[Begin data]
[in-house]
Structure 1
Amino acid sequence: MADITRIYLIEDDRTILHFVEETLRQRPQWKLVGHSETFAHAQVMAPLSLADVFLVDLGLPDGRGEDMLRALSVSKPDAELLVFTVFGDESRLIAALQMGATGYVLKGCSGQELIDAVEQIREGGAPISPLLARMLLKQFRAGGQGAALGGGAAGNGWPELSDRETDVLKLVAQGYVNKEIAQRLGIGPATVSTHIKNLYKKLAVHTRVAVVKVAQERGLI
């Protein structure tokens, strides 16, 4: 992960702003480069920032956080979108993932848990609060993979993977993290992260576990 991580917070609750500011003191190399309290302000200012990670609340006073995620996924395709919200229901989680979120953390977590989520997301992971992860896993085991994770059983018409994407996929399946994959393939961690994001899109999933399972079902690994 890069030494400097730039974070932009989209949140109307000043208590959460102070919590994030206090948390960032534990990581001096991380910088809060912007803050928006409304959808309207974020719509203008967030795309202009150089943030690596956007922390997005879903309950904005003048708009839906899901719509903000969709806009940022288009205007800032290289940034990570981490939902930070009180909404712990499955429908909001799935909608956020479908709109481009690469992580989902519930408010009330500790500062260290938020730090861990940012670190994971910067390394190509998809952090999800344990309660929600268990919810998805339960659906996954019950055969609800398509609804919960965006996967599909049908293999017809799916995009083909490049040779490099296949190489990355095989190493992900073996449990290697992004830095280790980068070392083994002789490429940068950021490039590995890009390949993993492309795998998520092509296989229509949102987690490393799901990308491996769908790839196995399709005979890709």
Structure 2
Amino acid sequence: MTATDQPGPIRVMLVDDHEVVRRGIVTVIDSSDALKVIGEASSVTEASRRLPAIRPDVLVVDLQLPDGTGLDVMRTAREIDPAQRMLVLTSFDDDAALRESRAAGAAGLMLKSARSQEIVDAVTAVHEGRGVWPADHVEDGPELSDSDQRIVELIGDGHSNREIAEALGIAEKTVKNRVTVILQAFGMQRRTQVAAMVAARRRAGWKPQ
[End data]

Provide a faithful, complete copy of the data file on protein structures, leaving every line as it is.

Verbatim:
[in-house]
Structure 1
Amino acid sequence: MADITRIYLIEDDRTILHFVEETLRQRPQWKLVGHSETFAHAQVMAPLSLADVFLVDLGLPDGRGEDMLRALSVSKPDAELLVFTVFGDESRLIAALQMGATGYVLKGCSGQELIDAVEQIREGGAPISPLLARMLLKQFRAGGQGAALGGGAAGNGWPELSDRETDVLKLVAQGYVNKEIAQRLGIGPATVSTHIKNLYKKLAVHTRVAVVKVAQERGLI
């Protein structure tokens, strides 16, 4: 992960702003480069920032956080979108993932848990609060993979993977993290992260576990 991580917070609750500011003191190399309290302000200012990670609340006073995620996924395709919200229901989680979120953390977590989520997301992971992860896993085991994770059983018409994407996929399946994959393939961690994001899109999933399972079902690994 890069030494400097730039974070932009989209949140109307000043208590959460102070919590994030206090948390960032534990990581001096991380910088809060912007803050928006409304959808309207974020719509203008967030795309202009150089943030690596956007922390997005879903309950904005003048708009839906899901719509903000969709806009940022288009205007800032290289940034990570981490939902930070009180909404712990499955429908909001799935909608956020479908709109481009690469992580989902519930408010009330500790500062260290938020730090861990940012670190994971910067390394190509998809952090999800344990309660929600268990919810998805339960659906996954019950055969609800398509609804919960965006996967599909049908293999017809799916995009083909490049040779490099296949190489990355095989190493992900073996449990290697992004830095280790980068070392083994002789490429940068950021490039590995890009390949993993492309795998998520092509296989229509949102987690490393799901990308491996769908790839196995399709005979890709």
Structure 2
Amino acid sequence: MTATDQPGPIRVMLVDDHEVVRRGIVTVIDSSDALKVIGEASSVTEASRRLPAIRPDVLVVDLQLPDGTGLDVMRTAREIDPAQRMLVLTSFDDDAALRESRAAGAAGLMLKSARSQEIVDAVTAVHEGRGVWPADHVEDGPELSDSDQRIVELIGDGHSNREIAEALGIAEKTVKNRVTVILQAFGMQRRTQVAAMVAARRRAGWKPQ